8 ways to keep higher production costs in check

Every dollar you’re not borrowing or spending is keeping money in your business

Challenges are piling up for United States farmers and livestock producers. Continuing supply chain problems, increasing input costs, labor shortages and rising interest rates threaten profitability across the farm belt.

Even if commodity prices remain strong this year—and that’s not a given—rising production costs are likely to negatively impact your bottom line. Moreover, if you’re a dairyman or cattle rancher, those strong corn and soybean prices mean you’re not going to get a break on feed costs.

All this signals the need to stay on top of the elements you can control. As a certified public accountant who’s worked with many farming operations, I can tell you that nearly every farm, ranch or other ag business can find additional ways to tighten costs and better manage the risks to your profit margins and cash flow.

Here are a few pointers to help keep your production costs in check:

1. Know your cost of production. What you hear at the coffee shop or read in a university document is not your cost. Every farm has a different situation, overhead and other costs. Don’t rely on others. Figure this out for yourself. Account for every dollar. If you know your operational costs and can measure what fuel, fertilizer and feed increases will do to your potential margin, consider locking in prices on those items. For those who don’t, it’s a scary time.

2. Keep an eye on your operational performance. Stay aware of the market and prices for your farm commodities. Know how much working capital you have to work with and don’t slip below it. Make sure you’re using your resources, especially people and equipment, as efficiently as possible.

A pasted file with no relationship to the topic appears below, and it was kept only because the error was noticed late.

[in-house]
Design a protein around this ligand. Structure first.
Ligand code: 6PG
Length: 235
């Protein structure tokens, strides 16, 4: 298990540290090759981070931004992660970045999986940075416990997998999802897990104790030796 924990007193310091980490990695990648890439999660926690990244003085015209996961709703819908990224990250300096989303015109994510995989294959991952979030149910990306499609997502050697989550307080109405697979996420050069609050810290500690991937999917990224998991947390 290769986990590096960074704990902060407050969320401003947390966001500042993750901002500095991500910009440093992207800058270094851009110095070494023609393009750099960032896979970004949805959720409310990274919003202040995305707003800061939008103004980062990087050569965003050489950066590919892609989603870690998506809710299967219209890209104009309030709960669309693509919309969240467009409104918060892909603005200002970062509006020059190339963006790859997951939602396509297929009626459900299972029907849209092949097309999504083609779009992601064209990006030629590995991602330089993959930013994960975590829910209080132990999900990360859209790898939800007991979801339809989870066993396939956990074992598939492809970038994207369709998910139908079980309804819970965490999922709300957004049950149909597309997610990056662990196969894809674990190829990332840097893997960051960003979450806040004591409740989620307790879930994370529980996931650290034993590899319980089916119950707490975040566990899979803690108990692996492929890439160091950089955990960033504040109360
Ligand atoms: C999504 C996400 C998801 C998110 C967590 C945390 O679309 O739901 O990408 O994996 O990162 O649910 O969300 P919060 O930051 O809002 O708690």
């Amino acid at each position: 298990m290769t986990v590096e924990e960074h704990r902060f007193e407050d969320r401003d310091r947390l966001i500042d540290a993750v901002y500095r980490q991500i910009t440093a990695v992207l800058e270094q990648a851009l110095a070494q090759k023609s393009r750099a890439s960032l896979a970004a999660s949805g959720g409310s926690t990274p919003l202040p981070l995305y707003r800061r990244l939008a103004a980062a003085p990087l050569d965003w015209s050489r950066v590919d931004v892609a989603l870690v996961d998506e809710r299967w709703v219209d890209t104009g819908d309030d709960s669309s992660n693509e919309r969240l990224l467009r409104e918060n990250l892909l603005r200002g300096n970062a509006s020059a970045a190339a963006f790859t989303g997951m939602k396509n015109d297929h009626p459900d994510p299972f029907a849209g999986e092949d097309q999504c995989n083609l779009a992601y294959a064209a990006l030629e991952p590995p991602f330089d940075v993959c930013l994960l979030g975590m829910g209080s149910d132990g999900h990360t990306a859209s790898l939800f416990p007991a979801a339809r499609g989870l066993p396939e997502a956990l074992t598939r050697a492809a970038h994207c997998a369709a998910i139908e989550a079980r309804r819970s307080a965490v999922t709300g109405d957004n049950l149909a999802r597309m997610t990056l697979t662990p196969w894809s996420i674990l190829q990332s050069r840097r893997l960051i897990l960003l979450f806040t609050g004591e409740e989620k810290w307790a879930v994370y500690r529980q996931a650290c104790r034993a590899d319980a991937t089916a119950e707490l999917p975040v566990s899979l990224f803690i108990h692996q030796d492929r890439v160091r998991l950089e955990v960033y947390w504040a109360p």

3. Lock in interest rates. “If you have something you need to lock in, let’s get it done,” says my K-Coe Isom colleague Alan Grafton. “Try to utilize as much of the low-interest vendor financing as you can to lessen your crop loan.”

4. Be smart about paying for inputs. Shop around to see if you can get a better price. Whatever your farm’s necessities—fuel, fertilizer, crop protectants, feed, irrigation supplies—you might shave off some costs by negotiating with your vendors. Maybe they would be willing to take $45,000 if you pay now, rather than $50,000 later. Maybe your vendor needs to get rid of some lingering warehouse inventory and is willing to discount the cost to you. A 10% saving here, a 1% cut there will add up significantly. And when the bill comes in, make sure you’ve received the quantity you’re being charged for. Mistakes happen all the time.

5. Consider cost-saving equipment or technology. Now might be the time to invest in precision machinery, drip irrigation, rotary milking, or cloud-based software—all investments that can reduce costs, increase yields or both.

6. Keep constant watch. Precise numbers reveal what you’re spending or earning. Monitor your income and expenditures consistently, every month. Stay on top of your receipts, records and other financial information. Staying current on your record-keeping will help you know your cash-flow needs and assist with your tax planning and other financial obligations.

7. Encourage your employees to find ways to cut costs. They may have good ideas about running leaner that you hadn’t considered. Remind an office worker to look for cheaper supplies or urge that forklift driver to go a little easier on equipment to save wear and tear. From small items like buying cheaper coffee or turning off the lights when leaving a room, to far bigger cuts such as postponing equipment purchases, employees can help you trim overall expenses.

8. Stay optimistic. Take care of your mental and physical health. Getting enough sleep, exercising and eating well will reward you with more energy, greater focus and new levels of productivity. Your company and family need you to be healthy.

Remember, every dollar you’re not borrowing or spending is keeping money in your business and helping ensure a more productive year ahead.

Editor’s note: Maxson Irsik, a certified public accountant, advises owners of professionally managed agribusinesses and family-owned ranches on ways to achieve their goals. Whether an owner’s goal is to expand and grow the business, discover and leverage core competencies, or protect the current owners’ legacy through careful structuring and estate planning, Max applies his experience working on and running his own family’s farm to find innovative ways to make it a reality. Contact him at [email protected].